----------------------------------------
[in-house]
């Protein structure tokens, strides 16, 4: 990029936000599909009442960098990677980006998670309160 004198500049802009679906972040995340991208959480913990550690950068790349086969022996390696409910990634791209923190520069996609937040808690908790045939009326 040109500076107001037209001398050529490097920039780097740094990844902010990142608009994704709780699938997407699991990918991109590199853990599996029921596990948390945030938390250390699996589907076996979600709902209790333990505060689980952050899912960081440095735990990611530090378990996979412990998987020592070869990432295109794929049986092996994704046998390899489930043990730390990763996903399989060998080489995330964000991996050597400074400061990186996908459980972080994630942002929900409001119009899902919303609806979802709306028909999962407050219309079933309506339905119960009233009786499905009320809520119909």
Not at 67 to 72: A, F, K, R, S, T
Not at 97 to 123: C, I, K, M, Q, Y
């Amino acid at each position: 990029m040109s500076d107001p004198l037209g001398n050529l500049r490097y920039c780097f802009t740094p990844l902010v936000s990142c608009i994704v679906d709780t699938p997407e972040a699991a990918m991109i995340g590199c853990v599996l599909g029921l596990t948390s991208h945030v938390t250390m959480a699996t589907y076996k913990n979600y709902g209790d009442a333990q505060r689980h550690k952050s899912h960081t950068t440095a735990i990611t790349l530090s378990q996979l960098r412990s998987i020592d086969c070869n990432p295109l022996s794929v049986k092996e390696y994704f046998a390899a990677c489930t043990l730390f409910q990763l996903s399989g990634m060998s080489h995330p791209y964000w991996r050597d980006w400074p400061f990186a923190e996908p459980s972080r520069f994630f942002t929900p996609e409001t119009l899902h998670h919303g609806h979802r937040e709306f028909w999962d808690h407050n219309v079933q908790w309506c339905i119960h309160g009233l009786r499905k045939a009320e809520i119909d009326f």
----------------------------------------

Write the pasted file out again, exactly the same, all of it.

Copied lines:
[in-house]
């Protein structure tokens, strides 16, 4: 990029936000599909009442960098990677980006998670309160 004198500049802009679906972040995340991208959480913990550690950068790349086969022996390696409910990634791209923190520069996609937040808690908790045939009326 040109500076107001037209001398050529490097920039780097740094990844902010990142608009994704709780699938997407699991990918991109590199853990599996029921596990948390945030938390250390699996589907076996979600709902209790333990505060689980952050899912960081440095735990990611530090378990996979412990998987020592070869990432295109794929049986092996994704046998390899489930043990730390990763996903399989060998080489995330964000991996050597400074400061990186996908459980972080994630942002929900409001119009899902919303609806979802709306028909999962407050219309079933309506339905119960009233009786499905009320809520119909």
Not at 67 to 72: A, F, K, R, S, T
Not at 97 to 123: C, I, K, M, Q, Y
């Amino acid at each position: 990029m040109s500076d107001p004198l037209g001398n050529l500049r490097y920039c780097f802009t740094p990844l902010v936000s990142c608009i994704v679906d709780t699938p997407e972040a699991a990918m991109i995340g590199c853990v599996l599909g029921l596990t948390s991208h945030v938390t250390m959480a699996t589907y076996k913990n979600y709902g209790d009442a333990q505060r689980h550690k952050s899912h960081t950068t440095a735990i990611t790349l530090s378990q996979l960098r412990s998987i020592d086969c070869n990432p295109l022996s794929v049986k092996e390696y994704f046998a390899a990677c489930t043990l730390f409910q990763l996903s399989g990634m060998s080489h995330p791209y964000w991996r050597d980006w400074p400061f990186a923190e996908p459980s972080r520069f994630f942002t929900p996609e409001t119009l899902h998670h919303g609806h979802r937040e709306f028909w999962d808690h407050n219309v079933q908790w309506c339905i119960h309160g009233l009786r499905k045939a009320e809520i119909d009326f």